Eric Berry, the Tennessee All-America safety who was drafted No. 5 overall by the NFL’s Kansas City Chiefs, has younger brothers that are twins.
One of them, Evan Berry, made national headlines last year when a recruiting website said that he was offered by Tennessee and committed to the Volunteers — while at the tender age of 13 years old, still in middle school, and playing for the local recreation department’s Fairburn Flames. It made Evan and Elliott, helped by their brother’s accomplishments, instant celebrities in recruiting circles.
Now it’s one year later, the twins (now at the old age of 14) have arrived at Creekside High and are working toward meeting the advanced hype.
The 5-foot-11, 175-pound Evan plays quarterback and safety — the same Creekside positions as Eric. Evan has thrown 9 TD passes in four games while running for three scores. Meanwhile, Elliott is 6-foot 193 pounds, taller than both brothers, plays linebacker and running back and leads the Creekside in tackles with 44.
“In the state of Georgia, because of what their older brother has done, they are two freshmen that everybody really knows about,” said Banneker coach Ed Gosa, whose team dropped a 25-6 decision to Creekside.
“Right now, I’d say they are holding their own. Eric dominated as a freshman and could change a game. The twins are not there yet, but they are going to be. I’d say in about two years, they are going to be forces to be reckoned with.”
Now back to the Tennessee thing: “Let me clarify that,” said their father, James Berry. “They were at track practice one evening, and you know how kids get around and talk about what schools they like, along with this or that. Other schools were talking about schools, and Evan said he liked Tennessee. Some reporter heard about that and ran with it. He actually asked Evan if he would like to go Tennessee and Evan said ‘Yes.’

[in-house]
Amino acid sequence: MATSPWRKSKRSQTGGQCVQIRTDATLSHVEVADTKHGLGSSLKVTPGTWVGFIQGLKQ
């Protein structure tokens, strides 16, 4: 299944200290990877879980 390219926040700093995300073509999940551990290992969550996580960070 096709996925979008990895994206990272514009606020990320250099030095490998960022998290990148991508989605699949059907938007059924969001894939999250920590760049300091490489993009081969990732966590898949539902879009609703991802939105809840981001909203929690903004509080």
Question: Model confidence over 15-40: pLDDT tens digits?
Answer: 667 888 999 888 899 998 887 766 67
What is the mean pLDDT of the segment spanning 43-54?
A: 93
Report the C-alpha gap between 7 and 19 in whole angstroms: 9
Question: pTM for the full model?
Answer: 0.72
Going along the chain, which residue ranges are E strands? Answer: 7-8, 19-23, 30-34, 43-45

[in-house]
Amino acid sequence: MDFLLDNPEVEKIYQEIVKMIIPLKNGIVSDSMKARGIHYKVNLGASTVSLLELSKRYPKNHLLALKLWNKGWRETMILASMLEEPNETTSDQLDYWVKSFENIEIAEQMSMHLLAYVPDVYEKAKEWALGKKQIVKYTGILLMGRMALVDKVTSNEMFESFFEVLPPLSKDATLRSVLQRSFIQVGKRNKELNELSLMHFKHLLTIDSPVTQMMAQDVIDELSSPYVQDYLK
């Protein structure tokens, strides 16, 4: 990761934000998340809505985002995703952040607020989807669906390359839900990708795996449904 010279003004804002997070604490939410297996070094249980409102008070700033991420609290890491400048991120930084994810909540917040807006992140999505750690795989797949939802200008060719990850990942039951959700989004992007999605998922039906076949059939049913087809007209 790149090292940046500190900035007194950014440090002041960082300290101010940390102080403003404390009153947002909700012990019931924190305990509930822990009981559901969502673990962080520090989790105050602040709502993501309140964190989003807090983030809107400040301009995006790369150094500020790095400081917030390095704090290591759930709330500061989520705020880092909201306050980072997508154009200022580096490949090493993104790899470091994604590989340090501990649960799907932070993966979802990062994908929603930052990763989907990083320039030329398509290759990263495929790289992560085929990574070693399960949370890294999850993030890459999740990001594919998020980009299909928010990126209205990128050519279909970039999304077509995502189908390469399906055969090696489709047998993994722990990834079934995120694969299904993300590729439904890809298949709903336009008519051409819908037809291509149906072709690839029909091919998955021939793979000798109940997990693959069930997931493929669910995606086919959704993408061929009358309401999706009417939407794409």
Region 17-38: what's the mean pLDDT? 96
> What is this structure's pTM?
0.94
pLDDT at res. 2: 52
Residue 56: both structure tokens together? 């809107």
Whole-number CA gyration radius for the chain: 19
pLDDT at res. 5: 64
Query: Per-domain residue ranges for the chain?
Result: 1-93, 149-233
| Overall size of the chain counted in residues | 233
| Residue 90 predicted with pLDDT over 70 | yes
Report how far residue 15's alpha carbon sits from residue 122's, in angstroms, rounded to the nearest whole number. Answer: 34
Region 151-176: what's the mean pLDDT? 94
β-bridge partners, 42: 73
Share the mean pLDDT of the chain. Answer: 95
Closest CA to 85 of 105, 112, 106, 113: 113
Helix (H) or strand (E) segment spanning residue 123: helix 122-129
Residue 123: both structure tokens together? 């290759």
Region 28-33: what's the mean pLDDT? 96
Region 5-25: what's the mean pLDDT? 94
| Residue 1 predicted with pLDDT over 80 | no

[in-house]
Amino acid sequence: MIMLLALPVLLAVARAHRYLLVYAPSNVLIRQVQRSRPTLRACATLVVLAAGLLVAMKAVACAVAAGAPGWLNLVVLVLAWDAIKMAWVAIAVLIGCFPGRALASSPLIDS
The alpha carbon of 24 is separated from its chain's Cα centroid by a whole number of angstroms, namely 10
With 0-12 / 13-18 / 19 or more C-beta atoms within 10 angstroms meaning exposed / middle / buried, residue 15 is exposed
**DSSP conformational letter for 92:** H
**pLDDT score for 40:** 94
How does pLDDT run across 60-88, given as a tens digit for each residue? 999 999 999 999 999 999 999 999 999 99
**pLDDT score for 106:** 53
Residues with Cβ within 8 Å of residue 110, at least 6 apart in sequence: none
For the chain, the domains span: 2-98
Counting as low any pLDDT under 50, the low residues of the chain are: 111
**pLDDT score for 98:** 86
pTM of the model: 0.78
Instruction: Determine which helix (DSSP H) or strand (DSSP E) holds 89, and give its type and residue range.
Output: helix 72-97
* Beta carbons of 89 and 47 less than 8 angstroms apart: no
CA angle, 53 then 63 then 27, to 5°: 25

“The next thing you know we’re getting phone calls from everywhere that he committed as a 13-year old. That was just a misunderstanding but it’s really no big deal to us. At 13, his opinion may change 10-11 times between then and when it’s time to go to college.”
The elder Berry said that Tennessee did not formally offer a scholarship, rather saying ”in the near future, if you want to play at Tennessee, we’ll have a place for you.”
UCLA and UGA have indicated the same scenario to not only Evan, but to both twins. We’re talking package deals. Evan said he went to a 7-on-7 tournament at UGA this past summer and later talked with Bulldogs coach Mark Richt. “Coach Richt told me ‘I’ve seen enough. I like how you play at quarterback. And from what I’ve heard about your brother from other coaches, he can’t be much different. I want both of you to play for Georgia.’ I was pretty excited about it.”
Papa Berry isn’t reading into anything too much with recruiting just yet. “We’re thankful and blessed with the kind words from all the colleges. We know it’s all part of the recruiting process, to let these kids know early on that you’re interested in them. If a kid doesn’t pan out in 3-4 years, you may not hear back from the schools. If he does well, then they will stay after you.
“Right now, Evan and Elliott aren’t really thinking about colleges. They are focused on working hard to help out Creekside High School. All that other stuff is for later on.”
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